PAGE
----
Yen dips against dollar as Tokyo warns over strength
The yen on Friday gave up some of this week’s strong gains against the dollar as a government official warned about the impact of its rally, which is threatening to damage Tokyo’s efforts to kickstart the economy.
The Japanese currency has soared to 17-month highs since Monday as worries about the global economy send dealers rushing for the safe haven, while the prospect of US interest rates remaining low for some time has also led to a shift from the dollar.
A strong currency is damaging for Japan’s exporting giants such as Toyota and Sony as it makes their goods more expensive overseas and hits their repatriated profits.
On Friday top government spokesman Yoshihide Suga told a regular news briefing its rise was “one-sided” , adding that “excess volatility and disorderly movements in exchange rates can have adverse implications”.
He went on to say: “The government is monitoring the foreign exchange market closely. Depending on the situation, we will take necessary action.”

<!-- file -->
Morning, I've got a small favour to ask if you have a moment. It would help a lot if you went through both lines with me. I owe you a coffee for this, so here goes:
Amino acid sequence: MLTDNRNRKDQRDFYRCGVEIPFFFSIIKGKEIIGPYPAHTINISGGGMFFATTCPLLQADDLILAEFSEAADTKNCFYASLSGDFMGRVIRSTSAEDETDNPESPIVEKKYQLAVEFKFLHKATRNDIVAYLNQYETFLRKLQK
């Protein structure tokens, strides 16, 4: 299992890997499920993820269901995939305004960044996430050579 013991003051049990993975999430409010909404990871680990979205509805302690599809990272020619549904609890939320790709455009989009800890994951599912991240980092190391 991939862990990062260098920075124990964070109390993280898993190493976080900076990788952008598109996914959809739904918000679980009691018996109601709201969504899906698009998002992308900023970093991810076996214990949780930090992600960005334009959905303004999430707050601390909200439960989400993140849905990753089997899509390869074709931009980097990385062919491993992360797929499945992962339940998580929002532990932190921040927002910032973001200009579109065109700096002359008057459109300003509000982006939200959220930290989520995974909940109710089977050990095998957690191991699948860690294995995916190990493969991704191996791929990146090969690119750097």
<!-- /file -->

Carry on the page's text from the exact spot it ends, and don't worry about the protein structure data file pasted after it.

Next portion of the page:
He did not say whether intervening in currency markets was on the table.
Prime Minister Shinzo Abe appeared to rule out such a move in a wide-ranging interview with the Wall Street Journal published this week, telling the paper: “Whatever the circumstances, we must definitely avoid competitive devaluation.”
In afternoon trade in Japan the dollar rose to 108.87 yen from 108.31 yen in New York, where it fell at one point to 107.68 yen.
The greenback had started the year above 120 yen and was still at 112 yen last Friday. It has now lost all the gains it had made after Japan’s central bank ramped up its bond-buying stimulus programme in October 2014.
The euro ticked up to 123.66 yen from 123.17 yen, while it weakened to $1.1363 from $1.1372.
The yen’s resurgence is bad news for Abe’s bid to reboot the world’s number three economy, dubbed Abenomics.
The plan relied heavily on Japanese exporters benefiting from a cheap currency, which set off a stock market rally.
But as equity markets sank on worries about the global economy — and confidence in Tokyo’s ability to kickstart growth fades — traders pushed into the yen, which is widely seen as a safe bet in times of turmoil and volatility.
“Japanese officials have been out in force trying to jawbone the yen weaker,” Bank of New Zealand currency strategist Jason Wong said in a commentary.
“Those cries for a reversal have gone unheeded, with the market discounting the possibility of any intervention at current levels, where the yen remains very cheap taking a longer-term perspective.”
The yen hit a record high around 75 against the dollar in 2011.
The dollar has struggled against its major peers after the Federal Reserve released minutes from its March meeting showing US policymakers are unnerved by slower global growth and unlikely to lift interest rates before June at best.
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